December 4, 2014

I was going to write something about the Great Rewriting Campaign of 2014 (otherwise known as how I reinvented my favorite book I ever wrote) today, but it’s feeling pointless. Not the writing. Of course not the writing.

Sometimes telling stories feels useless. Sometimes you look at the world around you and calculate the sheer tonnage of injustice weighing it down, and you feel that you would give anything to write a story that could dissolve even some of that weight. That urge to do something is a positive thing. The trouble is that the stories that need telling are not mine to speak, not when it comes to racism. Sometimes, often, it’s more important to listen, to push and push until there is a clear space for others to do the telling, and then to hear the things that need to be told.

The margins I live in are, in part, chosen ones. My homeschooled children, for example, have the option of going to school at any point they choose. When I read online discussions of how homeschooled kids are either freaks or Harvard-bound (or both), when I wade through the endless insistence by those who know nothing about what we do that homeschooling makes for unsocialized children, when I have to field questions from strangers about whether I’m capable of managing physical education for my kids or how I can tell if they’re learning when they don’t have tests, I become tired. And angry. When I find another book in which homeschooled kids are either religiously oppressed or mentally unstable, I’m sad for my kids, for how the world interprets their lives.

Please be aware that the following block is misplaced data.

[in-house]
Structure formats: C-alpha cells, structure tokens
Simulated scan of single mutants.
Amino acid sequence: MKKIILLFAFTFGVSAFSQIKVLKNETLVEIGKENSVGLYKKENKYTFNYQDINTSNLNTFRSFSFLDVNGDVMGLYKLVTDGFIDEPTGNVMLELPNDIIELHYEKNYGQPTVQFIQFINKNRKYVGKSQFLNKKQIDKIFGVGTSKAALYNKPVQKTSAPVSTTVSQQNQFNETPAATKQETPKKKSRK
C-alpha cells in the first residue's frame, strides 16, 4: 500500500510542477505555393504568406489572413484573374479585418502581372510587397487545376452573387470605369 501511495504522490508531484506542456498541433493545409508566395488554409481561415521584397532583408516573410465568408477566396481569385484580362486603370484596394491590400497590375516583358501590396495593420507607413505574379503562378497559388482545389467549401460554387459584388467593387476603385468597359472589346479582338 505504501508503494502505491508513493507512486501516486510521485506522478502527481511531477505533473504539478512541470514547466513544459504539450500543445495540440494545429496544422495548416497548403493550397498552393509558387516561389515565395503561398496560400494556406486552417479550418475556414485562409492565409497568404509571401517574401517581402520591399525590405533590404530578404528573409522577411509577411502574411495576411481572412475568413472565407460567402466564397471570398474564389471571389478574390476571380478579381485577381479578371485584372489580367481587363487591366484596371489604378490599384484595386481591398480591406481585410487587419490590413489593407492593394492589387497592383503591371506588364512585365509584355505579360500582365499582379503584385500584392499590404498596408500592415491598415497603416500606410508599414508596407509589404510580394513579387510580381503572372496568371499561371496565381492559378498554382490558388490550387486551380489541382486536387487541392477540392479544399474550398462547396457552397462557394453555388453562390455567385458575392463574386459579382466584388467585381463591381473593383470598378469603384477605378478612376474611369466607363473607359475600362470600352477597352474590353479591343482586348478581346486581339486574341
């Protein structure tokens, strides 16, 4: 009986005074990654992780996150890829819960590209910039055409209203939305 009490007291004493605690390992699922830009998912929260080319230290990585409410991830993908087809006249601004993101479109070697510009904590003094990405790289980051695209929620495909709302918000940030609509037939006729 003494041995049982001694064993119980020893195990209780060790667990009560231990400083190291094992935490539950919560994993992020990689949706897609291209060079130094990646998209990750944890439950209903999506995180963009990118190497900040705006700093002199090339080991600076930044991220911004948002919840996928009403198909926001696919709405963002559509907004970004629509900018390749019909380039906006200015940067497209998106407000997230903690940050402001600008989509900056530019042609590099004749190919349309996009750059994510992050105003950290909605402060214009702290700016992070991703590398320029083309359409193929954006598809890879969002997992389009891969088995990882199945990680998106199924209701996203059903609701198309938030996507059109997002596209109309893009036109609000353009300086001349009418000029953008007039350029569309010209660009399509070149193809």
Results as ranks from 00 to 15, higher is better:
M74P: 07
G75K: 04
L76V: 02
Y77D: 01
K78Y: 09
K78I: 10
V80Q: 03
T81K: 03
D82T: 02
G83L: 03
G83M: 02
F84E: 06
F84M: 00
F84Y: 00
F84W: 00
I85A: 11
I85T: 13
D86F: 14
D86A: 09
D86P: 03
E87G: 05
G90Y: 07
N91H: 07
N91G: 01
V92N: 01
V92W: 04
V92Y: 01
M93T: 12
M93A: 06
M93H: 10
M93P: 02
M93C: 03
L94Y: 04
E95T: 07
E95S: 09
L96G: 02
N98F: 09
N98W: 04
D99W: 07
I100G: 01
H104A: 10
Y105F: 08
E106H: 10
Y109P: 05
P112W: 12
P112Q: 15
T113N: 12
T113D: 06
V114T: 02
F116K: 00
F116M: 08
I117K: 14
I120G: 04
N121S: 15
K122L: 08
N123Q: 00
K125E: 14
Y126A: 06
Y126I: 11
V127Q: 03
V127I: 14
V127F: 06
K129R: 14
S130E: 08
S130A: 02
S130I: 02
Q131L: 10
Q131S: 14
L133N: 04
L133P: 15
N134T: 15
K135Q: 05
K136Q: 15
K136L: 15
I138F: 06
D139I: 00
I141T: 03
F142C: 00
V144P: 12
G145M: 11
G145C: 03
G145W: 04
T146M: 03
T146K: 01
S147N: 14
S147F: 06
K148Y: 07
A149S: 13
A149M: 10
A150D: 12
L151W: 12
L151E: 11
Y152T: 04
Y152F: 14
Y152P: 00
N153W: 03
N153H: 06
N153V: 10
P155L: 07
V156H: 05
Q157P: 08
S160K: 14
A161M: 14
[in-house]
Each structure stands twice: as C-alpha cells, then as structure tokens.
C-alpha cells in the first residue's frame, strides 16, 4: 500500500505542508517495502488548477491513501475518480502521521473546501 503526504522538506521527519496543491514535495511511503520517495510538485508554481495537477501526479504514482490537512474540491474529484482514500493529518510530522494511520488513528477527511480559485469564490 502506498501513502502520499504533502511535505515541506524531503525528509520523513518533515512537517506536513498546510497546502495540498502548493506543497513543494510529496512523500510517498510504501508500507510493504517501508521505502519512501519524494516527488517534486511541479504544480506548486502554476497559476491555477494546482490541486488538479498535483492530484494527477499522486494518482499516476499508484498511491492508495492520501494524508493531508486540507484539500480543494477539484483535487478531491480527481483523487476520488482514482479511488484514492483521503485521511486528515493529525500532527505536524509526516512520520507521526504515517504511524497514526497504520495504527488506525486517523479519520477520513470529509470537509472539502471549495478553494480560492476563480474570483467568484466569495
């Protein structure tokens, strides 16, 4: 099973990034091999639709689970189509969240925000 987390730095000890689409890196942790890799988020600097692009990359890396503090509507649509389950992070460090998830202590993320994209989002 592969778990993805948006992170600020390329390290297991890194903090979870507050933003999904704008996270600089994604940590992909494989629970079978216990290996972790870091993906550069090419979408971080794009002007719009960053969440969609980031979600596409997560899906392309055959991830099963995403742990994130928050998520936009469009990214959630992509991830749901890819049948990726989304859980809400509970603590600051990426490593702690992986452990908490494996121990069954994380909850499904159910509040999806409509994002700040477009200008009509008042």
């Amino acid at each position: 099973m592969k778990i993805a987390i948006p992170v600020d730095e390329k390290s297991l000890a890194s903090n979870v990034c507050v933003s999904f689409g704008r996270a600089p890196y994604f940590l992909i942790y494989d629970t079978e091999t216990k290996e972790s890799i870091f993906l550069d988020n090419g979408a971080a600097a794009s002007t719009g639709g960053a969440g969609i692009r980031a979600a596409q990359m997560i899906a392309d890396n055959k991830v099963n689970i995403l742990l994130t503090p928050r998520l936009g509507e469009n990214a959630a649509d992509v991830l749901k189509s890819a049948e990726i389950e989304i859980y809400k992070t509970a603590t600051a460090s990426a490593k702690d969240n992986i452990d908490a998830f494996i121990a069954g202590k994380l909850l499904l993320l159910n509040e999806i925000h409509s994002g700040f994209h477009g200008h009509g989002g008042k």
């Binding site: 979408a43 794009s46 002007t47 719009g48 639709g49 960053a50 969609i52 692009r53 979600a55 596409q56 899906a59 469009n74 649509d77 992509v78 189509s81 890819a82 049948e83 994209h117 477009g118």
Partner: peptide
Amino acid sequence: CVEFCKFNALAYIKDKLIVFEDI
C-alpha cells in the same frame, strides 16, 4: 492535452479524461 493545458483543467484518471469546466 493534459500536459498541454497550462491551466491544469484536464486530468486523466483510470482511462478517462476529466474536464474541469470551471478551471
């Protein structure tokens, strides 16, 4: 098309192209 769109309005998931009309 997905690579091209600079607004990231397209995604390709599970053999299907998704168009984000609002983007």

But we’ve chosen this path. We could hop on another one at any time. We could, if we chose, blend in. It’s a privilege we carry, and there are more.

My son, as a teenage boy, is unlikely to be stopped, interrogated, arrested, shot, for our choice to live in the margins. His male relatives will most likely die of heart attacks, cancer, perhaps an accident. He may not find the homeschooled piece of himself reflected back at him from books and movies, but he’ll still see kids like him in other ways. No one is likely to make a joke about his allergy to school bells if he someday wins a book award, and if they do, it will come through across as nothing more than nonsensical. The discomfort we feel at times is situational.

Do you see the difference?

Because too many white Americans don’t. And we’ll continue to not get it unless we become quiet and listen. There are so many voices out there telling the stories we need to hear. Hear. Not explain, not justify, not defend. Just hear. Learn. Act, yes, please act, but don’t let participation in a few marches be the end of things.



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